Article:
Tennis: Korda conducts crescendo to close season: Skinny Czech receives his largest cheque as Stich's run of success unravels in front of a sporting crowd at the Grand Slam Cup

Click to follow
The Independent Online
THERE was little chance that Petr Korda would take the money and run when he received dollars 1.625m ( pounds 1.1m) here yesterday for winning the Compaq Grand Slam Cup. He was lucky to be able to walk after completing an epic 10 sets to defeat the world's top two players, Pete Sampras and Michael Stich, on consecutive days.

An exhausted Sampras was put on an intravenous drip after failing to convert any of five match points on the way to being being beaten

13-11 in the fifth set of the semi-final, which lasted four hours and 32 minutes.

Korda, who was cramping so badly that he finished the match virtually on one leg, was put to bed, and then put back on the court.

Surely it was expecting too much for the skinny left-hander from the Czech Republic to withstand the force of Stich, who had been irresistible during the previous three weeks in winning the ATP Tour Championship for himself and the Davis Cup for Germany.

The answer came after three hours and 48 minutes yesterday, when Korda fell flat on his face in relief after winning the biggest match of his career, 2-6, 6-4, 7-6, 2-6, 11-9. The cheers of a sporting crowd lifted him to his feet, and the tennis season closed with a crescendo.

Korda said he spent Saturday night dreaming about the Sampras match, and awoke feeling stiff but optimistic. At the back of his mind was the fact that Stich, the defending champion, had also come through a test of endurance, recovering from two sets down in the first semi-final to defeat Stefan Edberg after two hours and 40 minutes.

'Petr deserved it,' Stich said, 'but I think I had more right to be tired than he had, comparing the last four weeks we both had. I mean, he had a tough match, but that happens every tournament. Sometimes he is quite a good actor, and he makes you believe he is tired, and then he is running for every shot. I didn't expect anything else except that he would be as fit as he was today.'

Stich, who had won 31 of his previous 36 matches on German courts, made a confident start, dropping only five points on serve in taking the opening set in 36 minutes.

Signs of tiredness, and the petulance which had punctuated his match with Edberg, were evident when the second set ran away from him. He sulked over line calls and slammed his racket to the court when his shots went astray.

By the end of the fourth set it was anybody's guess which player would have the reserves of physical and mental energy to make the final push for the jackpot. And it was noticeable that while the spectators were eager to lift Stich's spirits, they were also quick to show appreciation of Korda.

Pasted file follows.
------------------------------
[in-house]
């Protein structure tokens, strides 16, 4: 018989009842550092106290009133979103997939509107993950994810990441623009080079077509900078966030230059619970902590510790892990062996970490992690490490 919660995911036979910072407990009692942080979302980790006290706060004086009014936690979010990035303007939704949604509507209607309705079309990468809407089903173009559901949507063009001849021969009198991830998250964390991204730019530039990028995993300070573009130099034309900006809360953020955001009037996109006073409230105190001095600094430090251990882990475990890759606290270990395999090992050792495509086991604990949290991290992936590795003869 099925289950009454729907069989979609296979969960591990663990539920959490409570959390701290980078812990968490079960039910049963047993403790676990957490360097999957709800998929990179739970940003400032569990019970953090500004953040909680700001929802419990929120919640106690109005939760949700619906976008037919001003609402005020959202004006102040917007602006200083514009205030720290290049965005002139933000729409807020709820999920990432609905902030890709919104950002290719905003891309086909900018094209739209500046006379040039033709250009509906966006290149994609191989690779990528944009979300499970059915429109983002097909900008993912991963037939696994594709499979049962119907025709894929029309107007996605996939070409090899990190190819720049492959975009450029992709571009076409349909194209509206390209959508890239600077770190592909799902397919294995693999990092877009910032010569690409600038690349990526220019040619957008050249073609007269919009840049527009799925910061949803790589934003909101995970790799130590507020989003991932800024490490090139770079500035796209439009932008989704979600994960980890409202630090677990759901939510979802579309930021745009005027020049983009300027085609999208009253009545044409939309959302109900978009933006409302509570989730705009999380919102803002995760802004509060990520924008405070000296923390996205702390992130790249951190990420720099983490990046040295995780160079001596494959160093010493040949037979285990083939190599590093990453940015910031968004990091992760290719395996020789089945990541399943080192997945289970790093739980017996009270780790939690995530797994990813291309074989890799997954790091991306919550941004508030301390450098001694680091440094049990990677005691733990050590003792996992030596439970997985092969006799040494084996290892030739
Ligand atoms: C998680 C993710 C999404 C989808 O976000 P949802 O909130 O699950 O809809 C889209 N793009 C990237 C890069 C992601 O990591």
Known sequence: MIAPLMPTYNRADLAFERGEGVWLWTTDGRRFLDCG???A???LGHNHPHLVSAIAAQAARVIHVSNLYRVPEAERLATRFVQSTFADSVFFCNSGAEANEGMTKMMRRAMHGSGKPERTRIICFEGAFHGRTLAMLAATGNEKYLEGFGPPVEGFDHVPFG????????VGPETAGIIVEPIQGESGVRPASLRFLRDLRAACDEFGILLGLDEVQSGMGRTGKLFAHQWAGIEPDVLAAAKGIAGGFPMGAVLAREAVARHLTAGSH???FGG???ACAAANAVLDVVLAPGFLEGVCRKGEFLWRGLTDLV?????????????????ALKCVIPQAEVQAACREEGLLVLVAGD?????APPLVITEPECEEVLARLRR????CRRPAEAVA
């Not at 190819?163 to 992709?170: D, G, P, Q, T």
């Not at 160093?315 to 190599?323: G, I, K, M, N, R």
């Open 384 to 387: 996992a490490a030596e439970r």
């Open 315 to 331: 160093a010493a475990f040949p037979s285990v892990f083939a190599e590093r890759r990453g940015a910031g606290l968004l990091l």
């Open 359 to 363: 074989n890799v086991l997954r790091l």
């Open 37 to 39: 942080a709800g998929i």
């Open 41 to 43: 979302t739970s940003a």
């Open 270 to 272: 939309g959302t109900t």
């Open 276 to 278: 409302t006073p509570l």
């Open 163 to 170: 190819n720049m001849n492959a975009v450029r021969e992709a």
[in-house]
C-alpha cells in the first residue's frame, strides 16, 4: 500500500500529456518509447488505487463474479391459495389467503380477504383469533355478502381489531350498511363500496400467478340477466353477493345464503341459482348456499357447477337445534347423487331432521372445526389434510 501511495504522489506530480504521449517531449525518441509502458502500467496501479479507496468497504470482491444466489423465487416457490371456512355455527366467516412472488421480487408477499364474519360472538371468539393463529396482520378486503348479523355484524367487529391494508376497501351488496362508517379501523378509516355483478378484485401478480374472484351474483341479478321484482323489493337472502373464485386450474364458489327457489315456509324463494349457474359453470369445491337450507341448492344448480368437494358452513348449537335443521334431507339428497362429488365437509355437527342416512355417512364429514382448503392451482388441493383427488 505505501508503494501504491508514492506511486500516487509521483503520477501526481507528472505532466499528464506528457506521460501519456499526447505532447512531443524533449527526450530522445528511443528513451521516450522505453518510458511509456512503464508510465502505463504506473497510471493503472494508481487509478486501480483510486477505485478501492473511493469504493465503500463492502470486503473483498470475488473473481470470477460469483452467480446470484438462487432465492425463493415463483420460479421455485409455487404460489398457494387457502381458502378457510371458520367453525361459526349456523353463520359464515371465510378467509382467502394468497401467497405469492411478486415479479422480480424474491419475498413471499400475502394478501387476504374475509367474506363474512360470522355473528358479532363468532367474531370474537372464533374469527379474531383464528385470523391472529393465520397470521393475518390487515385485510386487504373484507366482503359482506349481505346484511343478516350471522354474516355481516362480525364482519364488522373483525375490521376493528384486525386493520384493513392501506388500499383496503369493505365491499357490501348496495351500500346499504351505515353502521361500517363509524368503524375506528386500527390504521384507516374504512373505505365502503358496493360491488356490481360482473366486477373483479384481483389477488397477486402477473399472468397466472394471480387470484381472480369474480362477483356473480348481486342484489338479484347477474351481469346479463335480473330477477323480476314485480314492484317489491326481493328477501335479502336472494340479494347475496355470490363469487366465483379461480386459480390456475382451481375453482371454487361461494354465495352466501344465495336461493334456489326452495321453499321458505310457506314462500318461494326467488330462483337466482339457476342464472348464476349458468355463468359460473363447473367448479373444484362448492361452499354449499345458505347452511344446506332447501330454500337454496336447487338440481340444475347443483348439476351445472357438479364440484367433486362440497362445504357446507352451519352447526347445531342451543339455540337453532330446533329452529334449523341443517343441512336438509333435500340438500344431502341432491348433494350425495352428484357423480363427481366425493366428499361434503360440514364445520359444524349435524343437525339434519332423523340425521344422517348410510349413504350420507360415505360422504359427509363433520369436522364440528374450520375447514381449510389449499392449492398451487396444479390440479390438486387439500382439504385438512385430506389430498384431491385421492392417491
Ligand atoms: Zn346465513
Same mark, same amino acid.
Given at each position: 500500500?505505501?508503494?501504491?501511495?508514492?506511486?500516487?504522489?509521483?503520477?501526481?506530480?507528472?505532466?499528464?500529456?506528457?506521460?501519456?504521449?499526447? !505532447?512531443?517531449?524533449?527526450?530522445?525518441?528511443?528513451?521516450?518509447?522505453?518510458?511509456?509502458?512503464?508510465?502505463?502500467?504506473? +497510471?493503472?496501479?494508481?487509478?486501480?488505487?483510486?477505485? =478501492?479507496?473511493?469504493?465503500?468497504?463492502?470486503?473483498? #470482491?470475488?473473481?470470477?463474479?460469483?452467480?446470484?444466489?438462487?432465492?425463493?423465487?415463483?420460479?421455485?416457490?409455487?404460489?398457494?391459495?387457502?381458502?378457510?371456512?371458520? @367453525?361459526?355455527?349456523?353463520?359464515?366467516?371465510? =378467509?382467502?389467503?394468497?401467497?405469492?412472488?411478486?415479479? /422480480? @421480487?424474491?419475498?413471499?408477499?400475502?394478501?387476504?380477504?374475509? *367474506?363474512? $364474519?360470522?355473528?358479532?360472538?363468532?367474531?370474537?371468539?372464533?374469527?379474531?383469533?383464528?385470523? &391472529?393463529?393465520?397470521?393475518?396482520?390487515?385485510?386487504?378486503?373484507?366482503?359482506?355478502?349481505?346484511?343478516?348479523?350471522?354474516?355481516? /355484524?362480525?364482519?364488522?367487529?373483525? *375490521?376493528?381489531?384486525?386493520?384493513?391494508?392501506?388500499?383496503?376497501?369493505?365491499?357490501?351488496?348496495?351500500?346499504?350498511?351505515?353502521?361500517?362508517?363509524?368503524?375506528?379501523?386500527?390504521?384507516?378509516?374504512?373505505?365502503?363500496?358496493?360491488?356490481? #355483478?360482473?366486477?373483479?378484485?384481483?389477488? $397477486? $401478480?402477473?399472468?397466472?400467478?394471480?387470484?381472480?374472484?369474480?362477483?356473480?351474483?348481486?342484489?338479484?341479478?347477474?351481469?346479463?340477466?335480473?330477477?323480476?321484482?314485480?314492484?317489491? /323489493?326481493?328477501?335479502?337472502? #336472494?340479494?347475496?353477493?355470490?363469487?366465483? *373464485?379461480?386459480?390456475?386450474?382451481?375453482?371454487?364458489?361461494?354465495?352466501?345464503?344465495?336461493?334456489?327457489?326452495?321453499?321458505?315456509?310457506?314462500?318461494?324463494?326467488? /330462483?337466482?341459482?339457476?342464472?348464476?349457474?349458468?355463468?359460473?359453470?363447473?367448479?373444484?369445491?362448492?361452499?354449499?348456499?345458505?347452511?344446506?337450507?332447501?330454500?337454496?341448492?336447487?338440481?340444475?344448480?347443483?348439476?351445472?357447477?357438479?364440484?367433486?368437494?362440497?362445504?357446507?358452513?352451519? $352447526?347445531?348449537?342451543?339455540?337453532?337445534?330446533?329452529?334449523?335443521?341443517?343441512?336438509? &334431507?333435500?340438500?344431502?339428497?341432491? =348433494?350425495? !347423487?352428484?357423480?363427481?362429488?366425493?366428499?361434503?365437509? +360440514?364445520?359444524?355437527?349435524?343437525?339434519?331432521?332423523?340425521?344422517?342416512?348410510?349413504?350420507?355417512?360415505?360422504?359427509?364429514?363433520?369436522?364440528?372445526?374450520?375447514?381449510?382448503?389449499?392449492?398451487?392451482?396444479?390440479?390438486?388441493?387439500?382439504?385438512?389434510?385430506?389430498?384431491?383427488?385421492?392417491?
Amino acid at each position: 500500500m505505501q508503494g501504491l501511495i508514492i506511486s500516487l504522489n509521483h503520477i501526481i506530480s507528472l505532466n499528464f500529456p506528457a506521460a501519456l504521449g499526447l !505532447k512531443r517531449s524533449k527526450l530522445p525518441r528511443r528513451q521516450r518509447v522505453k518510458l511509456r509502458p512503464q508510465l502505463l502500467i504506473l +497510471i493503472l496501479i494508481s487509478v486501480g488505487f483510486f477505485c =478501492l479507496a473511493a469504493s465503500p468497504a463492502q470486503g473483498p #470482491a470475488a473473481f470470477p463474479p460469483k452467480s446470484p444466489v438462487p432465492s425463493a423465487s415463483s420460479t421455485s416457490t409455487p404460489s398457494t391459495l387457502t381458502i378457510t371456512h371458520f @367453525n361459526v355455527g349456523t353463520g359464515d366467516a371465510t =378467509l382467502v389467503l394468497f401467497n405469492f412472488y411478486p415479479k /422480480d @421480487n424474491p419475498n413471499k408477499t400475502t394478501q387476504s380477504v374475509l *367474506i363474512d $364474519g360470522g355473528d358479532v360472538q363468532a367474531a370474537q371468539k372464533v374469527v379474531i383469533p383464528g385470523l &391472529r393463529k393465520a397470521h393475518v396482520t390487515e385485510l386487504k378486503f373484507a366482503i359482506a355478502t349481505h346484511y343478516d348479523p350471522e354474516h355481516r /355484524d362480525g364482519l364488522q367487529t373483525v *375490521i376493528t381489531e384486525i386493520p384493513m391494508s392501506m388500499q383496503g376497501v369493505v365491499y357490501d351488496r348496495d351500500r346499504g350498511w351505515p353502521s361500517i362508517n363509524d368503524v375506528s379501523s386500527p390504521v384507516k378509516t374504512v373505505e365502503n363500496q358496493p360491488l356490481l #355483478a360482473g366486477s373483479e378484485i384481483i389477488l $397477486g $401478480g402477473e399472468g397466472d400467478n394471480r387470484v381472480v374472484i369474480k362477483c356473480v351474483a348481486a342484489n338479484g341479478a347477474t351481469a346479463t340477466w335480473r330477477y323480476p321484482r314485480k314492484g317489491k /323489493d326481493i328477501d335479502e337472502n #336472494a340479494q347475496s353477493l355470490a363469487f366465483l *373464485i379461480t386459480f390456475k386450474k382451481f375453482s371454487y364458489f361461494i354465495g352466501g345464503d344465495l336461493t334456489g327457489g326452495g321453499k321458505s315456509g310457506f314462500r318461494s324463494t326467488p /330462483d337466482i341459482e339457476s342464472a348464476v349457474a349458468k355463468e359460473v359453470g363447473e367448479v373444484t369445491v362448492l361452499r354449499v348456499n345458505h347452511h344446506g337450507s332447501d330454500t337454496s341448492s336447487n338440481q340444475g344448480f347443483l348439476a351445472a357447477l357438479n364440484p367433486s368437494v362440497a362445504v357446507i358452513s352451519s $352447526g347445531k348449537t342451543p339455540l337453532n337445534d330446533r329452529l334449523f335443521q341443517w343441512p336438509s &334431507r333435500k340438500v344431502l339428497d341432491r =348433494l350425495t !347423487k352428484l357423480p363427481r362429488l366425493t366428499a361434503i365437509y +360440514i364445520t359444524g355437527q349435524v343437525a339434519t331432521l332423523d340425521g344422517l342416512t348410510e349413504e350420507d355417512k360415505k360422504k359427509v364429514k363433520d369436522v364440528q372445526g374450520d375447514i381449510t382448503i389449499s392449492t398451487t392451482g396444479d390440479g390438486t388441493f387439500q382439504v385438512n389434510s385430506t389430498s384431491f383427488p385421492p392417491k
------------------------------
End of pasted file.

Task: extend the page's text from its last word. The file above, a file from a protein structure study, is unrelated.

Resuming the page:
Considering the wear and tear of the season, let alone the previous 24 hours, some of the shot-making was breathtaking as both men drove themselves to the corners of the court in search of winners.

Stich was the first to totter in the final set, saving two break points in the second game. Korda then salvaged four break points in the next game, recovering from 0-40. The Czech nearly added to his physical problems in the fourth game, crashing into a ball box beside the umpire's chair while chasing a shot.

The trophy was first within Korda's grasp when he broke for 5-3. Stich, who delivered 30 aces, could also be careless. He hit one of his 14 double-faults on game point. Korda's nerve was then called into question when he was broken to love serving for the match.

Had Stich gone on to win the match, such was his luck with balls which struck the tape on crucial points against both Korda and Edberg that he would have been entitled to dismantle the net and use it to carry away the prize-money.

He clipped the net cord with a second serve when Korda held his first match point at 5-4, and was blessed again when making a volley to save a second in the same game.

It appeared that Stich was about to ride his fortune when Korda's serve was on the point of collapse in the 13th game, but the Czech was able to save four break points, and another at 7-7.

Stich seemed drained after Korda held to love for 10-9, and the German hero was swept away by a cross-court backhand return of a second serve as the Czech converted his third match point.

GRAND SLAM CUP (Munich) Final: P Korda (Cz Rep) bt M Stich (Ger) 2-6 6-4 7-6 2-6 11-9.

Comments